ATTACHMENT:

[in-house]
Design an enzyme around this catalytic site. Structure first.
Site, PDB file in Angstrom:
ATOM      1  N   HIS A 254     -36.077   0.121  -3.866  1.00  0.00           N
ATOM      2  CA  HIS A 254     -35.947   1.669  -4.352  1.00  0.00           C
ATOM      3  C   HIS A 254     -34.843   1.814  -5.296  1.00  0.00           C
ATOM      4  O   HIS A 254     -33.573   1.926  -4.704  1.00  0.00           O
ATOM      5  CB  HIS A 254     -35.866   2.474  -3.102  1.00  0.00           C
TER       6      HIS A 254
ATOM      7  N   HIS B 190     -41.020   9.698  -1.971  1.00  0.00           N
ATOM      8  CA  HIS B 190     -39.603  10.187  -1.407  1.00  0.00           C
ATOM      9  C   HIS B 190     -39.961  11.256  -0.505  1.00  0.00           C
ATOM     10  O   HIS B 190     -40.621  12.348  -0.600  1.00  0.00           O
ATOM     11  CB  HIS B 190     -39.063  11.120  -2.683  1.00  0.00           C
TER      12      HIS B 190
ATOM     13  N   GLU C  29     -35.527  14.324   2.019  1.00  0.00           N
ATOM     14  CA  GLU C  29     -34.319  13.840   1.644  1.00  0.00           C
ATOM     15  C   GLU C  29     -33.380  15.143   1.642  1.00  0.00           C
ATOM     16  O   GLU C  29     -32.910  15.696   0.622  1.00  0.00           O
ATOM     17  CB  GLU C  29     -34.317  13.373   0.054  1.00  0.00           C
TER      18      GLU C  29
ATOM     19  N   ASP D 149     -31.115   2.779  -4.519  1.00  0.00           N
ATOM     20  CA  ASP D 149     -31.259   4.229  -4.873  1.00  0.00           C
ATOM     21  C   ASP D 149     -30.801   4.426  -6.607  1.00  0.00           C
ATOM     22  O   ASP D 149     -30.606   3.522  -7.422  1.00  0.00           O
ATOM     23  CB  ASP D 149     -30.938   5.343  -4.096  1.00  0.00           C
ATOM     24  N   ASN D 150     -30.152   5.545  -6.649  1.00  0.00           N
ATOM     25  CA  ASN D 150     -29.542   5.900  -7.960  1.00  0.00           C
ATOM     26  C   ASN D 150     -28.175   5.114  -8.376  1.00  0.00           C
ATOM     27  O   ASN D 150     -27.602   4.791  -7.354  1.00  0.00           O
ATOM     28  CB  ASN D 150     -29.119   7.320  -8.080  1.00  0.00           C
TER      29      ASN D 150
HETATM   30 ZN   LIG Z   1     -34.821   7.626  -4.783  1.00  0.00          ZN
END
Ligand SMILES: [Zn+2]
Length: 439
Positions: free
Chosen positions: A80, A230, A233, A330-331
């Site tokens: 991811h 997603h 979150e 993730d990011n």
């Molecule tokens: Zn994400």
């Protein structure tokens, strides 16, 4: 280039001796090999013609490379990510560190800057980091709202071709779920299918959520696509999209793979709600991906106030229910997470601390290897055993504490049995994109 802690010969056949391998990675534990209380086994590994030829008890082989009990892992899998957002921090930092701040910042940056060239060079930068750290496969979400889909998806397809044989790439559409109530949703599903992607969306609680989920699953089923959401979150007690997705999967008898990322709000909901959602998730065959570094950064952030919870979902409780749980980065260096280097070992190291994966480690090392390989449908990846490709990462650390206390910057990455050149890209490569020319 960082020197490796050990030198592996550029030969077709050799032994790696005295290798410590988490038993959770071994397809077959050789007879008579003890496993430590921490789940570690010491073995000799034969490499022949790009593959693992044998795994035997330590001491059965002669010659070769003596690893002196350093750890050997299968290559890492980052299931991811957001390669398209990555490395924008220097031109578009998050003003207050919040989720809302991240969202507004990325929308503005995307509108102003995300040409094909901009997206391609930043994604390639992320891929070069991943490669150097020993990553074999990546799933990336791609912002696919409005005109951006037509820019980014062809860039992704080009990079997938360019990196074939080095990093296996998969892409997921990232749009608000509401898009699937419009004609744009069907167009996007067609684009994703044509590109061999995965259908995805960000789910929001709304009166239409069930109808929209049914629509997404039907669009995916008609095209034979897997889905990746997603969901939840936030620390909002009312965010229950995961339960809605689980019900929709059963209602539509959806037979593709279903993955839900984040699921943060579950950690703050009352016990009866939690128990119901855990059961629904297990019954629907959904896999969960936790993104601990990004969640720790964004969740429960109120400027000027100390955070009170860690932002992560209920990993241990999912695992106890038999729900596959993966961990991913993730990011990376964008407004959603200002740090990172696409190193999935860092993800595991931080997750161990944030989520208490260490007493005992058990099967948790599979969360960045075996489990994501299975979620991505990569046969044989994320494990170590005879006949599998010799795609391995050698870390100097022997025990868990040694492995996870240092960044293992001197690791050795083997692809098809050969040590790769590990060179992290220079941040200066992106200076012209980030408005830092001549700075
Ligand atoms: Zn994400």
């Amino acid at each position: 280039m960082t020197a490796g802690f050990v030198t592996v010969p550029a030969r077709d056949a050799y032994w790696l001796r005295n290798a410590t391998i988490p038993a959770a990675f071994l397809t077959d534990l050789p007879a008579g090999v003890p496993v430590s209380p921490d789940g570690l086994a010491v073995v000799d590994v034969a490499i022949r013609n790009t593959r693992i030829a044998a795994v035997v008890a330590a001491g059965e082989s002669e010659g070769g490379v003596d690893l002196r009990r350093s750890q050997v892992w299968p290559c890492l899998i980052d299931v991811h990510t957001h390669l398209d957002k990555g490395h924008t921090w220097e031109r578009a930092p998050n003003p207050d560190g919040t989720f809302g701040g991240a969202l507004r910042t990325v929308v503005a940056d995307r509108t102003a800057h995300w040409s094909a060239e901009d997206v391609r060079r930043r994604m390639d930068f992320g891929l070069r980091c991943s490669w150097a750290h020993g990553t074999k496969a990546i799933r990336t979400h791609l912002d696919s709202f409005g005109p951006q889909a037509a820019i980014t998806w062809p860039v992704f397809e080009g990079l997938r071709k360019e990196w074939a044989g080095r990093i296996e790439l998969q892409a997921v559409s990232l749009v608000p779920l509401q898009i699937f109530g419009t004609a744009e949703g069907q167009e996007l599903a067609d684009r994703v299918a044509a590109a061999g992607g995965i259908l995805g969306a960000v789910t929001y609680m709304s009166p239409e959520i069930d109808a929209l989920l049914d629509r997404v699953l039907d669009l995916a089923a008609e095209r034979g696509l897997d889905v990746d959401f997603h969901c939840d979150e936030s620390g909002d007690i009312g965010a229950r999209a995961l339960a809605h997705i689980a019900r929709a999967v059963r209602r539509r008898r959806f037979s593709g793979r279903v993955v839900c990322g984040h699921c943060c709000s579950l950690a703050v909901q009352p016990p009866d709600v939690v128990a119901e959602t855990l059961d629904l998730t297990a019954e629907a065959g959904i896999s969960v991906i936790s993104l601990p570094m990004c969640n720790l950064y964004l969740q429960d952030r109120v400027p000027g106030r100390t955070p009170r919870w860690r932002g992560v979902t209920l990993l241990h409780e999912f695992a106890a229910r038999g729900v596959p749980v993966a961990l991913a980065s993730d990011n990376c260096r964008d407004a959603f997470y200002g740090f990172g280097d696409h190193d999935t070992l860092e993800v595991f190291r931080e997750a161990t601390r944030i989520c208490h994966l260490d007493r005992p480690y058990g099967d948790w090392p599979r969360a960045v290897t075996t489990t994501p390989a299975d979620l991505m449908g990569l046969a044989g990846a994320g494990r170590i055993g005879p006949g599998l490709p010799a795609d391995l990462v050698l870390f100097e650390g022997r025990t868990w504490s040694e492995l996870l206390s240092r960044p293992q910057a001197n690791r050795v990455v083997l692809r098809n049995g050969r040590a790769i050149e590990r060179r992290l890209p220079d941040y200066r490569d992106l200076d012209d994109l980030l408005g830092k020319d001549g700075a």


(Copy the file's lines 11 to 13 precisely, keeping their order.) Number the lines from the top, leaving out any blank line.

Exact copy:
ATOM      8  CA  HIS B 190     -39.603  10.187  -1.407  1.00  0.00           C
ATOM      9  C   HIS B 190     -39.961  11.256  -0.505  1.00  0.00           C
ATOM     10  O   HIS B 190     -40.621  12.348  -0.600  1.00  0.00           O